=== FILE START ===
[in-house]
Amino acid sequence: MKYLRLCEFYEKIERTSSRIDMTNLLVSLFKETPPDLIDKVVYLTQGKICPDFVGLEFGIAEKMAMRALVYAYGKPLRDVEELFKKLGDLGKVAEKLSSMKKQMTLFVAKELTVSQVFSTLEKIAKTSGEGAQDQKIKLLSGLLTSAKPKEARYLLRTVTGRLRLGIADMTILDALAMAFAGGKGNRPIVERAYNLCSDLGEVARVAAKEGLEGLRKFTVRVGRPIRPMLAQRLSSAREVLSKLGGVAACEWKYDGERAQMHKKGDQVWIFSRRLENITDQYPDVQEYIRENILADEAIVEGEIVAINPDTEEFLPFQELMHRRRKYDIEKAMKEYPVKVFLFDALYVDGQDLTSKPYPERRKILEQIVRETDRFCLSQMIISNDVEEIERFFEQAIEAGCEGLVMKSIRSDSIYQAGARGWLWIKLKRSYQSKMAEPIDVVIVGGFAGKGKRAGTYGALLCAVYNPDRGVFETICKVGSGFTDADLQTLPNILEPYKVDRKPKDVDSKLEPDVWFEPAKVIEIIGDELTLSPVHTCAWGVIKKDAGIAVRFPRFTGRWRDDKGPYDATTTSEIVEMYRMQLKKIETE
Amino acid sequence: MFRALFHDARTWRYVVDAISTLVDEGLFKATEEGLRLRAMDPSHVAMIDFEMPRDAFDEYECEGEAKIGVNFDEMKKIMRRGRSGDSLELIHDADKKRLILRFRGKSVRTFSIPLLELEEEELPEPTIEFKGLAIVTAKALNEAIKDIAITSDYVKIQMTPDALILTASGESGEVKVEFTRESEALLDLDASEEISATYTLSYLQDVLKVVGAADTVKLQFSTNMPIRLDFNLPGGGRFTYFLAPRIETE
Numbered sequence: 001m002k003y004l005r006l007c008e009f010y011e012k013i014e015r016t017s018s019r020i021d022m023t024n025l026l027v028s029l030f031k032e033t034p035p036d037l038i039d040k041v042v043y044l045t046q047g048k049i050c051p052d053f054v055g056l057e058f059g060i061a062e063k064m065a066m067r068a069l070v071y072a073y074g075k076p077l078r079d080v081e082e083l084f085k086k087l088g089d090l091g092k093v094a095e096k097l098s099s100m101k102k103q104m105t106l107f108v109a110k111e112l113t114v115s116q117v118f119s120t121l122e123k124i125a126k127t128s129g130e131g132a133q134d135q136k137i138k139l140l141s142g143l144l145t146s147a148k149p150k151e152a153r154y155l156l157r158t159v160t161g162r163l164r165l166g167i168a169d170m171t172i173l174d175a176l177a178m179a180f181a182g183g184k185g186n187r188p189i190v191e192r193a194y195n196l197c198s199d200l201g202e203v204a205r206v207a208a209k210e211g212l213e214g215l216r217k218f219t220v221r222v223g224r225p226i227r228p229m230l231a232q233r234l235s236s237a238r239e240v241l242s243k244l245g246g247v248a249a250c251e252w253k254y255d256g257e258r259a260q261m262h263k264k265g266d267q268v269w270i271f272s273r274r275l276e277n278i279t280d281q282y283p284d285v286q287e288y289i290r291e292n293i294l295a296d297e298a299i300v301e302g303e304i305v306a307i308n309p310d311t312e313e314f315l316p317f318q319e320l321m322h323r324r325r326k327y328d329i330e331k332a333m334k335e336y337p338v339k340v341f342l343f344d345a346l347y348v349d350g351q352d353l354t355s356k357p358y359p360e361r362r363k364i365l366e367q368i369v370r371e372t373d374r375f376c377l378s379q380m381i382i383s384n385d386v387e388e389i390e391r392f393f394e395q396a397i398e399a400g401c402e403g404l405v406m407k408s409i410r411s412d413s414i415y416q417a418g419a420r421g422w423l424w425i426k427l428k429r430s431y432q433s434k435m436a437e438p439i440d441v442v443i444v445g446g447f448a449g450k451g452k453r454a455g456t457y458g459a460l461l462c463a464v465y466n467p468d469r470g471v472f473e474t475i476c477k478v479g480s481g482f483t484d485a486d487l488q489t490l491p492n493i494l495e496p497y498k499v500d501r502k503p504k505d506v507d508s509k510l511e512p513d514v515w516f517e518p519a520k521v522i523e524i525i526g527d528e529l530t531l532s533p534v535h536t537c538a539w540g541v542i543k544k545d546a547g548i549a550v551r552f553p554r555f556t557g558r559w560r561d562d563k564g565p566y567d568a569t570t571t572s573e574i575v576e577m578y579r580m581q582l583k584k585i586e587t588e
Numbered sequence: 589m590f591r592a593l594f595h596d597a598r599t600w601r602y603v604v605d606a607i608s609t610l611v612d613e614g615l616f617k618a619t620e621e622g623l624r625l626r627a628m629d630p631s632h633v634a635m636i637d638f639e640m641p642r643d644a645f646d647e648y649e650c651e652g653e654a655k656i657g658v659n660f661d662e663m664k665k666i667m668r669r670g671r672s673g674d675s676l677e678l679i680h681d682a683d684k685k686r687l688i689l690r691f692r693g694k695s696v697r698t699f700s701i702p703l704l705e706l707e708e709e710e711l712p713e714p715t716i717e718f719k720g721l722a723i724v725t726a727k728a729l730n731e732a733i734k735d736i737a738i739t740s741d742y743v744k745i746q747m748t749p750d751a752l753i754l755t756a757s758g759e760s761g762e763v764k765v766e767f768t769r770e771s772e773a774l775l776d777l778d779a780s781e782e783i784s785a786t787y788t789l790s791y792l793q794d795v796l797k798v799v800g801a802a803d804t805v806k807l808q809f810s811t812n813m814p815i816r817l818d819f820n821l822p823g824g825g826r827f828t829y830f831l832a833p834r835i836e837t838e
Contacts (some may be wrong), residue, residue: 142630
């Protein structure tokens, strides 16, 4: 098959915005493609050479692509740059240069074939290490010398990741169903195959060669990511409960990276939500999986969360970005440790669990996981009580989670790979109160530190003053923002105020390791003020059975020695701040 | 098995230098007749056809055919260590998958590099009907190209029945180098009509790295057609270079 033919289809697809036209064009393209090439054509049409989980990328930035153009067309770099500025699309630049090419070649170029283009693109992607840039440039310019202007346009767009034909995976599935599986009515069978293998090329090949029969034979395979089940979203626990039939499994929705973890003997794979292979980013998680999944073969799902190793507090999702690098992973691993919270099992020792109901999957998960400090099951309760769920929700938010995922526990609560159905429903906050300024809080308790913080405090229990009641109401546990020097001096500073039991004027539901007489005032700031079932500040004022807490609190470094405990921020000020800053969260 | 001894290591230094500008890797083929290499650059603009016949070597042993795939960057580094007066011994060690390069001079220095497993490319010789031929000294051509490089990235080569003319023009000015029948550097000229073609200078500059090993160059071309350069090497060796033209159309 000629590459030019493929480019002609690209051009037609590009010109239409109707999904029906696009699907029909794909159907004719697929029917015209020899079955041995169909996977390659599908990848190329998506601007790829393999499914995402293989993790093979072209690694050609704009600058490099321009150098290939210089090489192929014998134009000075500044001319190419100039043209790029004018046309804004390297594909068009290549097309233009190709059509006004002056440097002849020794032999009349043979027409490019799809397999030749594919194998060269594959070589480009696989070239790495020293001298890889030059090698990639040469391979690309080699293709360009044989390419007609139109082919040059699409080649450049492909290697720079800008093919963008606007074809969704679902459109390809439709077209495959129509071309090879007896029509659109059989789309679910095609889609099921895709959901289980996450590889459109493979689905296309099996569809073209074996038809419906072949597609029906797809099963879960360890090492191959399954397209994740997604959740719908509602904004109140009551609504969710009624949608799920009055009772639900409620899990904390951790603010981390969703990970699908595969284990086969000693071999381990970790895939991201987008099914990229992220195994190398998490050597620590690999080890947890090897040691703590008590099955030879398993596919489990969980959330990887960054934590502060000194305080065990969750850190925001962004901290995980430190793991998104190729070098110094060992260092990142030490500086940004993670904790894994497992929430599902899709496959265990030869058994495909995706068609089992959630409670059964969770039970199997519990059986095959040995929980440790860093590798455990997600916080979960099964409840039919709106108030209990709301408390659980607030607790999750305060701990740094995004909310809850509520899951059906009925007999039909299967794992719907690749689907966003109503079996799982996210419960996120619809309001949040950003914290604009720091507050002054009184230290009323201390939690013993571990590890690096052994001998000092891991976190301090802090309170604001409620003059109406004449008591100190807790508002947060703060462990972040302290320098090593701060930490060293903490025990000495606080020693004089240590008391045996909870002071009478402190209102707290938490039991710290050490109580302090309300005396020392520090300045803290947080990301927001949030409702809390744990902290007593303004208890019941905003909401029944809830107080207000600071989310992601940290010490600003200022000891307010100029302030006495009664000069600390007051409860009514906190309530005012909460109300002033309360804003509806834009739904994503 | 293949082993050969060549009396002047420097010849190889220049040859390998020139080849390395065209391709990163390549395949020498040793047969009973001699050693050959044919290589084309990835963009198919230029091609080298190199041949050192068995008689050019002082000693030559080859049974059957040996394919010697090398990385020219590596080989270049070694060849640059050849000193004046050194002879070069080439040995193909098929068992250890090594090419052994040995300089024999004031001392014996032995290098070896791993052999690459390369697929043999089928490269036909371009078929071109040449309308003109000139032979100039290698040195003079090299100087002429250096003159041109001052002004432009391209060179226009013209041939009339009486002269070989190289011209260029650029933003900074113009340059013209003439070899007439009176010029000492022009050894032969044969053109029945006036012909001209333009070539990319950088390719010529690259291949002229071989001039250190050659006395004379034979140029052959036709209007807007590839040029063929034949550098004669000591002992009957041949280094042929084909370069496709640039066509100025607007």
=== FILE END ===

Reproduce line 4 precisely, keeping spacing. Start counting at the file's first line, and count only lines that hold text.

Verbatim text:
Numbered sequence: 001m002k003y004l005r006l007c008e009f010y011e012k013i014e015r016t017s018s019r020i021d022m023t024n025l026l027v028s029l030f031k032e033t034p035p036d037l038i039d040k041v042v043y044l045t046q047g048k049i050c051p052d053f054v055g056l057e058f059g060i061a062e063k064m065a066m067r068a069l070v071y072a073y074g075k076p077l078r079d080v081e082e083l084f085k086k087l088g089d090l091g092k093v094a095e096k097l098s099s100m101k102k103q104m105t106l107f108v109a110k111e112l113t114v115s116q117v118f119s120t121l122e123k124i125a126k127t128s129g130e131g132a133q134d135q136k137i138k139l140l141s142g143l144l145t146s147a148k149p150k151e152a153r154y155l156l157r158t159v160t161g162r163l164r165l166g167i168a169d170m171t172i173l174d175a176l177a178m179a180f181a182g183g184k185g186n187r188p189i190v191e192r193a194y195n196l197c198s199d200l201g202e203v204a205r206v207a208a209k210e211g212l213e214g215l216r217k218f219t220v221r222v223g224r225p226i227r228p229m230l231a232q233r234l235s236s237a238r239e240v241l242s243k244l245g246g247v248a249a250c251e252w253k254y255d256g257e258r259a260q261m262h263k264k265g266d267q268v269w270i271f272s273r274r275l276e277n278i279t280d281q282y283p284d285v286q287e288y289i290r291e292n293i294l295a296d297e298a299i300v301e302g303e304i305v306a307i308n309p310d311t312e313e314f315l316p317f318q319e320l321m322h323r324r325r326k327y328d329i330e331k332a333m334k335e336y337p338v339k340v341f342l343f344d345a346l347y348v349d350g351q352d353l354t355s356k357p358y359p360e361r362r363k364i365l366e367q368i369v370r371e372t373d374r375f376c377l378s379q380m381i382i383s384n385d386v387e388e389i390e391r392f393f394e395q396a397i398e399a400g401c402e403g404l405v406m407k408s409i410r411s412d413s414i415y416q417a418g419a420r421g422w423l424w425i426k427l428k429r430s431y432q433s434k435m436a437e438p439i440d441v442v443i444v445g446g447f448a449g450k451g452k453r454a455g456t457y458g459a460l461l462c463a464v465y466n467p468d469r470g471v472f473e474t475i476c477k478v479g480s481g482f483t484d485a486d487l488q489t490l491p492n493i494l495e496p497y498k499v500d501r502k503p504k505d506v507d508s509k510l511e512p513d514v515w516f517e518p519a520k521v522i523e524i525i526g527d528e529l530t531l532s533p534v535h536t537c538a539w540g541v542i543k544k545d546a547g548i549a550v551r552f553p554r555f556t557g558r559w560r561d562d563k564g565p566y567d568a569t570t571t572s573e574i575v576e577m578y579r580m581q582l583k584k585i586e587t588e